Traditional ecological knowledge (TEK) plays a significant role in the Karuk Tribe’s approach to natural resource management, which is guided by a respect for the relationships between species, their habitats and the belief that fostering ecosystem resilience is critical to ensuring sustainability. In 2010, the Karuk Tribe released a draft Eco-Cultural Resources Management Plan to create a long-term adaptation strategy for the protection, enhancement and utilization of cultural and natural resources. The Eco-Cultural Resources Management Plan establishes a framework for considering a wide range of human and environmental stressors to the Karuk Tribe, including climate change. This profile explores the role of traditional ecological knowledge in the Karuk Tribe’s Eco-Cultural Resource Management Plan, the ways in which this unique approach may contribute to tribal efforts to address climate change, and the importance of the federal-tribal relationship in addressing climate change.

First Foods and Climate Change (Download First Foods Profile)
Indigenous populations in North America face significant threats from climate change. One area of great concern is how first foods will be impacted by climate change. Because of the vital role that first foods play in the physical, mental and spiritual health of native communities, impacts from climate change on first foods may negatively affect tribal culture and livelihood.  This profile explores the challenges that indigenous peoples face in maintaining their historically important relationships with first foods in the context of climate change. The profile also outlines the impacts that climate change may have on many first foods, describes challenges facing indigenous peoples in continuing their relationship with first foods, and explore ways in which they have adapted or responded to these challenges. Also available at:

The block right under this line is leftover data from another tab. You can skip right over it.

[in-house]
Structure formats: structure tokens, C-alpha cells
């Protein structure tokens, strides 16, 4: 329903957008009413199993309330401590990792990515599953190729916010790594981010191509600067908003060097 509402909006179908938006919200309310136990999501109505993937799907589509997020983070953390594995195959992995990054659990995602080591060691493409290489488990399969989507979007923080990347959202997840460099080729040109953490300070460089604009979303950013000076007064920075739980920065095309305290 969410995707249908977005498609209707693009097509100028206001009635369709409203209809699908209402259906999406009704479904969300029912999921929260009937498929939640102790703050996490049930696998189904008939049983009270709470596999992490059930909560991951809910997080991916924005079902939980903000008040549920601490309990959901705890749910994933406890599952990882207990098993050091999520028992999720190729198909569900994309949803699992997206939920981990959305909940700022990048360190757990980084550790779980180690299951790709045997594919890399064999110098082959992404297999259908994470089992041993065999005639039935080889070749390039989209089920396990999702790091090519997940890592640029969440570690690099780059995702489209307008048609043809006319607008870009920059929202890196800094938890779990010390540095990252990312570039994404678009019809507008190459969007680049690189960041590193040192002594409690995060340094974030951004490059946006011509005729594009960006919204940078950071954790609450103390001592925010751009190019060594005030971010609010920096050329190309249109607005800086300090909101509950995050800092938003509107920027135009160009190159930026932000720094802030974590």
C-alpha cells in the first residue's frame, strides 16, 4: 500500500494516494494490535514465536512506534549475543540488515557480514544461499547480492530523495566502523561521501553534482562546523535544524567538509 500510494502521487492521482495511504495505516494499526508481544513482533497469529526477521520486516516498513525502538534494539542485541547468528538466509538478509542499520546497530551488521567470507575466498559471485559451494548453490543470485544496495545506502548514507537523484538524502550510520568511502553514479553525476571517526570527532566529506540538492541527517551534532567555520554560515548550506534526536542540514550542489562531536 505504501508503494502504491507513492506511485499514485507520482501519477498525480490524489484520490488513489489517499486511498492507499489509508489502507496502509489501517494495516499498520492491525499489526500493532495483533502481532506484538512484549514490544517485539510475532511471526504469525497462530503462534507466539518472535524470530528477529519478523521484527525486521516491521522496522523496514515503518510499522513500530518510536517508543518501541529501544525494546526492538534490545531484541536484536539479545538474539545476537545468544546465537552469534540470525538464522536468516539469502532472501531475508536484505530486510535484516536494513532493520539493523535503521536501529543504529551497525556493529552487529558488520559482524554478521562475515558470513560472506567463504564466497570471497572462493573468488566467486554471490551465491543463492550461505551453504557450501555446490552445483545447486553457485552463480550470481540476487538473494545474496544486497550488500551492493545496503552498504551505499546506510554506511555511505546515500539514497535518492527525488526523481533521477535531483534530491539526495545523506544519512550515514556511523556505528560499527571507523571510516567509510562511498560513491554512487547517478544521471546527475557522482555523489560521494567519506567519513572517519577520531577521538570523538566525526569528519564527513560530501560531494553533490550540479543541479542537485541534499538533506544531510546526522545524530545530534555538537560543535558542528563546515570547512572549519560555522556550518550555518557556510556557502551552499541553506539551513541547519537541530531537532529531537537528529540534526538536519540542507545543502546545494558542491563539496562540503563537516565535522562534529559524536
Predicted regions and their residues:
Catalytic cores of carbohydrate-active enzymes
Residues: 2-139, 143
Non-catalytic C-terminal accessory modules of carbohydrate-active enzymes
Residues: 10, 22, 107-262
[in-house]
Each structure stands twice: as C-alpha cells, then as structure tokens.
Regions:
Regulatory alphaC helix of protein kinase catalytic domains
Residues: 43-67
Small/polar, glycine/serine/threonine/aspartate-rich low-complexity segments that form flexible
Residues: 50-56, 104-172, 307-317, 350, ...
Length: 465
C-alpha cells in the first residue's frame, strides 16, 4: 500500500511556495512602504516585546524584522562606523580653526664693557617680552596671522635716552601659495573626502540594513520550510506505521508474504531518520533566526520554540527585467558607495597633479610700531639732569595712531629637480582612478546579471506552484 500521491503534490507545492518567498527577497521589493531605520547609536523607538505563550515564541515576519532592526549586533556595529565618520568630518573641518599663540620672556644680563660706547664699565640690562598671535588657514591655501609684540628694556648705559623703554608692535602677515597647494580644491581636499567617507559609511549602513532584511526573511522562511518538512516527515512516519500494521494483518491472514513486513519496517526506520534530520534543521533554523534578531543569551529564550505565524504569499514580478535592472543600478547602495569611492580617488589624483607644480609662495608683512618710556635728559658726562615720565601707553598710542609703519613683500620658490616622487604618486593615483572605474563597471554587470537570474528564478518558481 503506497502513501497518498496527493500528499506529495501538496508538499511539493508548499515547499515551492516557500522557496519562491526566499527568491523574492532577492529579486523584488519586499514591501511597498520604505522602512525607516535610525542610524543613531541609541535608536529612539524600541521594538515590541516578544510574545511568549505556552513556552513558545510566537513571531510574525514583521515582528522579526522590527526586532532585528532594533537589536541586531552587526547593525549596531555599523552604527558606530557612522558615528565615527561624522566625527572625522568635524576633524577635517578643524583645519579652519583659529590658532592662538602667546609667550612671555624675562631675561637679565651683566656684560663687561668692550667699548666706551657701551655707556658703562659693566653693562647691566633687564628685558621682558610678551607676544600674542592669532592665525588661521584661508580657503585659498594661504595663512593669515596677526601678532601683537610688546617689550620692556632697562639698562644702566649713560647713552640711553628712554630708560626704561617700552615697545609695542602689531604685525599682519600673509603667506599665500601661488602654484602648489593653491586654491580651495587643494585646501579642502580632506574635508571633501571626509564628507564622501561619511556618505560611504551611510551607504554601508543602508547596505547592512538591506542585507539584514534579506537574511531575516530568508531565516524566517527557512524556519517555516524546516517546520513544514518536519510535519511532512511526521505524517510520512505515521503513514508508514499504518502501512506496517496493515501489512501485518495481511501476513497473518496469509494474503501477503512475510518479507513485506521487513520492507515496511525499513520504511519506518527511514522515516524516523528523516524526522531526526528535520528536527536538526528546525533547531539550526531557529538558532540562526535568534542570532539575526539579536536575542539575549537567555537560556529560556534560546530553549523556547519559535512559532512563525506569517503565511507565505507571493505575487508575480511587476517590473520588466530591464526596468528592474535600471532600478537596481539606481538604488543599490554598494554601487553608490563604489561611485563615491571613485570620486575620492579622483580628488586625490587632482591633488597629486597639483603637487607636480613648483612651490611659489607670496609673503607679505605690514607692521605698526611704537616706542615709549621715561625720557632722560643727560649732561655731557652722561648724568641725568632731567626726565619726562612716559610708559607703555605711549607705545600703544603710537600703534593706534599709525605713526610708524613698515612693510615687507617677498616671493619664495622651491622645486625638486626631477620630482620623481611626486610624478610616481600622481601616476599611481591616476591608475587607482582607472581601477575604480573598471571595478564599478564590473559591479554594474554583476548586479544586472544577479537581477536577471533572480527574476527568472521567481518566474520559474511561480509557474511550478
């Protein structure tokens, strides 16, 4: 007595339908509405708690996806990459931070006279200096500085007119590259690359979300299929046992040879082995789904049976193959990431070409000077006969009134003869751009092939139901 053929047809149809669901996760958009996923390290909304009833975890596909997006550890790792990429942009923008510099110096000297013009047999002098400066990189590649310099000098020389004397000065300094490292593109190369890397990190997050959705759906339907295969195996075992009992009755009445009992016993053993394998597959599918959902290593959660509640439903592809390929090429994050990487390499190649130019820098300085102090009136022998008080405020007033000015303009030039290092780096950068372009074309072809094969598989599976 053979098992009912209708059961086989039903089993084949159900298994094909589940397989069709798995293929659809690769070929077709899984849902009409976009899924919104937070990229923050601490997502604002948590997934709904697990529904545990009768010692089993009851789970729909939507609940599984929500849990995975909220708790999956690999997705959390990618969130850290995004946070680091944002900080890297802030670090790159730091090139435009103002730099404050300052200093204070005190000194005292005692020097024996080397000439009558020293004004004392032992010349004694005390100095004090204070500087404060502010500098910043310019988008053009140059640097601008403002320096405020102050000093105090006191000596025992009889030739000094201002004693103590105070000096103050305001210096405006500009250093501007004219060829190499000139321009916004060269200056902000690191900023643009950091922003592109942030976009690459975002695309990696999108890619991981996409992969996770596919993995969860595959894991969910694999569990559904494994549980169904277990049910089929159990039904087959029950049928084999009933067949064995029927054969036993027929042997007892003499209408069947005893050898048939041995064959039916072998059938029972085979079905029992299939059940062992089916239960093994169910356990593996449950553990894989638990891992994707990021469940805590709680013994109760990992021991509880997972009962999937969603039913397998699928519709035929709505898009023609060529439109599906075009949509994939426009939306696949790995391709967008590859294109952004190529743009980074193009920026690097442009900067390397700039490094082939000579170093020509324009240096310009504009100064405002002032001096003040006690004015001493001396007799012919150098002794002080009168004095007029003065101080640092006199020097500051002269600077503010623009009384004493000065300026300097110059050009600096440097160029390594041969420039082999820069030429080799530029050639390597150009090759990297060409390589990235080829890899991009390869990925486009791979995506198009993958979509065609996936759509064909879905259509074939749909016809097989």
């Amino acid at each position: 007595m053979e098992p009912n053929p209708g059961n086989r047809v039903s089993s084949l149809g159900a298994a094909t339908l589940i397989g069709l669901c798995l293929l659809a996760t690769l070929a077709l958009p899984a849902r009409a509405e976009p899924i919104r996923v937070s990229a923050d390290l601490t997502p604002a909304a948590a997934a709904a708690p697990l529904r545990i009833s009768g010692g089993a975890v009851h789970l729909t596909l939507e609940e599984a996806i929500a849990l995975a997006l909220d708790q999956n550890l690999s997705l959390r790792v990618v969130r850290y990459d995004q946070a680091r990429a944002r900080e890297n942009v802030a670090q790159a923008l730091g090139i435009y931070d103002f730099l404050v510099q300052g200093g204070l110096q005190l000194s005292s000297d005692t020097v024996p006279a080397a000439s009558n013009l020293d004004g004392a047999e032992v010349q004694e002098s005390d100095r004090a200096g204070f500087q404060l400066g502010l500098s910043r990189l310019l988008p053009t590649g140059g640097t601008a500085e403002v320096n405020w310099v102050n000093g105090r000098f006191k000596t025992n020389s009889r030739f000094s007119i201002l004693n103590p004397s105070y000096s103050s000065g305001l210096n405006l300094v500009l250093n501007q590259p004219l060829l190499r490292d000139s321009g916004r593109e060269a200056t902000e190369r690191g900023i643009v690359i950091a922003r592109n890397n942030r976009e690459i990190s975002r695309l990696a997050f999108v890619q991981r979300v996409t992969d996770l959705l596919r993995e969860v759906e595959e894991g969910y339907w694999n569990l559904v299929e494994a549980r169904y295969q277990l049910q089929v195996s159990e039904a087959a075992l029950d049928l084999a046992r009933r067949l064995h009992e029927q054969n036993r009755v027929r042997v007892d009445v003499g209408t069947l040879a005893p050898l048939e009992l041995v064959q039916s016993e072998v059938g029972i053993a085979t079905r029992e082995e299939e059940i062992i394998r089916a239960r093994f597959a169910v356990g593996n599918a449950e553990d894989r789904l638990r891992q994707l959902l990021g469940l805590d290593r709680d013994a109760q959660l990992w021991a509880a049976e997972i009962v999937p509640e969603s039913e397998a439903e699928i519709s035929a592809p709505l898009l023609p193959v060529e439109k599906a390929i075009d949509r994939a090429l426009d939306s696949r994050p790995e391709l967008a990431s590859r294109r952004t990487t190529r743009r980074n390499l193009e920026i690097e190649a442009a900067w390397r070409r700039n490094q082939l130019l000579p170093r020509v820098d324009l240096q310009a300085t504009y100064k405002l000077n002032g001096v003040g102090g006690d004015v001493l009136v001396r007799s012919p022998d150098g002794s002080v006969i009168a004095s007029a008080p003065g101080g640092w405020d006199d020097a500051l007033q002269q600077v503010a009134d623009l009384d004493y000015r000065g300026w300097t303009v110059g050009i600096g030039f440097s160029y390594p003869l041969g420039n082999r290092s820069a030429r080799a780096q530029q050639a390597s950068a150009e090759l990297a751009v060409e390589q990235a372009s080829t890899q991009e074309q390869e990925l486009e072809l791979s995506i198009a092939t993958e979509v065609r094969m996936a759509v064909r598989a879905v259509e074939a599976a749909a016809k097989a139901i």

The Lummi Nation: Pursuing Clean Renewable Energy (Download Lummi Nation Profile)
The Lummi Nation has launched a number of renewable energy projects to reduce its environmental impact and to contribute to its goal of energy self-sufficiency. These projects include conducting a wind energy development feasibility assessment, lighting a walking trail with solar LEDs, installing a geothermal heat pump system for a new administrative building, and developing a strategic energy plan to coordinate future efforts.  This profile provides detailed information on the wind energy development feasibility assessment project and also examines the opportunities and motivation that inspired the Lummi Nation to explore the options for renewable energy on their tribal lands. Also available at: